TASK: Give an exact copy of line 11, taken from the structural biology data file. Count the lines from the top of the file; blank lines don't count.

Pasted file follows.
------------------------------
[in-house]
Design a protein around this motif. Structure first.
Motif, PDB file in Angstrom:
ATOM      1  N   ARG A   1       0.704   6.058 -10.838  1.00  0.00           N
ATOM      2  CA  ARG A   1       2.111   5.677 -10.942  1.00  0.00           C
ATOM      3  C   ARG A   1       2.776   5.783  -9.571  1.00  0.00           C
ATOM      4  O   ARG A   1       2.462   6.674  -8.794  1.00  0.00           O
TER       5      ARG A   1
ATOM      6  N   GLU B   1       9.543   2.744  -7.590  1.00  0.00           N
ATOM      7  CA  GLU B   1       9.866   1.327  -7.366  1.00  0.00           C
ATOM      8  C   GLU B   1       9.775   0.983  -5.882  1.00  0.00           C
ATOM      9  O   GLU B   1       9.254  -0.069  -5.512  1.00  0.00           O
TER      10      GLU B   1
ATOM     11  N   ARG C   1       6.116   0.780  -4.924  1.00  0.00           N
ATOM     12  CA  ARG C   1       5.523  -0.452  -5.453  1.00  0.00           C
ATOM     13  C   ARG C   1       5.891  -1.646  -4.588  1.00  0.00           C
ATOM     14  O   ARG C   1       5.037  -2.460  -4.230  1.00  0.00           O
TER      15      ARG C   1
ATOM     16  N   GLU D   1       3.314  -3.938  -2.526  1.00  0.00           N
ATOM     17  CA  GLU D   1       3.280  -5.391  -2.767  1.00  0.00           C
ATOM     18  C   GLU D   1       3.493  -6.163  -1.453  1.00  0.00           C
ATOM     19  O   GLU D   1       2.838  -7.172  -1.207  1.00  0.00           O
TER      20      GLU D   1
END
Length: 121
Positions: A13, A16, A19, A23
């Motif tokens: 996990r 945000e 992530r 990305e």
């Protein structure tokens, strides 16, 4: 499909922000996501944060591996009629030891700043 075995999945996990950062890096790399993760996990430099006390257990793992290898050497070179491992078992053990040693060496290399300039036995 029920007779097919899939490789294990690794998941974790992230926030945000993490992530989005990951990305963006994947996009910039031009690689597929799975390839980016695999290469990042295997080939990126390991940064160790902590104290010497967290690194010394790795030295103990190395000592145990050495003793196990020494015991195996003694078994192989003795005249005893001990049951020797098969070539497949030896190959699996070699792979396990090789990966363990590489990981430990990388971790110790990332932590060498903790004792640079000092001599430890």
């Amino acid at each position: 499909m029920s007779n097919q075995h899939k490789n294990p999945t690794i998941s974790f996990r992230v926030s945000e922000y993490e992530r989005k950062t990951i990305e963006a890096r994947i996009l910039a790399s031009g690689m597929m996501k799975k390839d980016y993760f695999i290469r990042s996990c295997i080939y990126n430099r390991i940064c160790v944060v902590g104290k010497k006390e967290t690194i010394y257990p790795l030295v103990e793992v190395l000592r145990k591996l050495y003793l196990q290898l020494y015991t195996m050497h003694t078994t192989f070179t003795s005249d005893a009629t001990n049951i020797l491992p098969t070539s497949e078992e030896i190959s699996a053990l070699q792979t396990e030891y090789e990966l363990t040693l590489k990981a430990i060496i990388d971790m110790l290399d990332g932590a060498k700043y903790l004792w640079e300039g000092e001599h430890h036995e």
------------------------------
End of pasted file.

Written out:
ATOM      8  C   GLU B   1       9.775   0.983  -5.882  1.00  0.00           C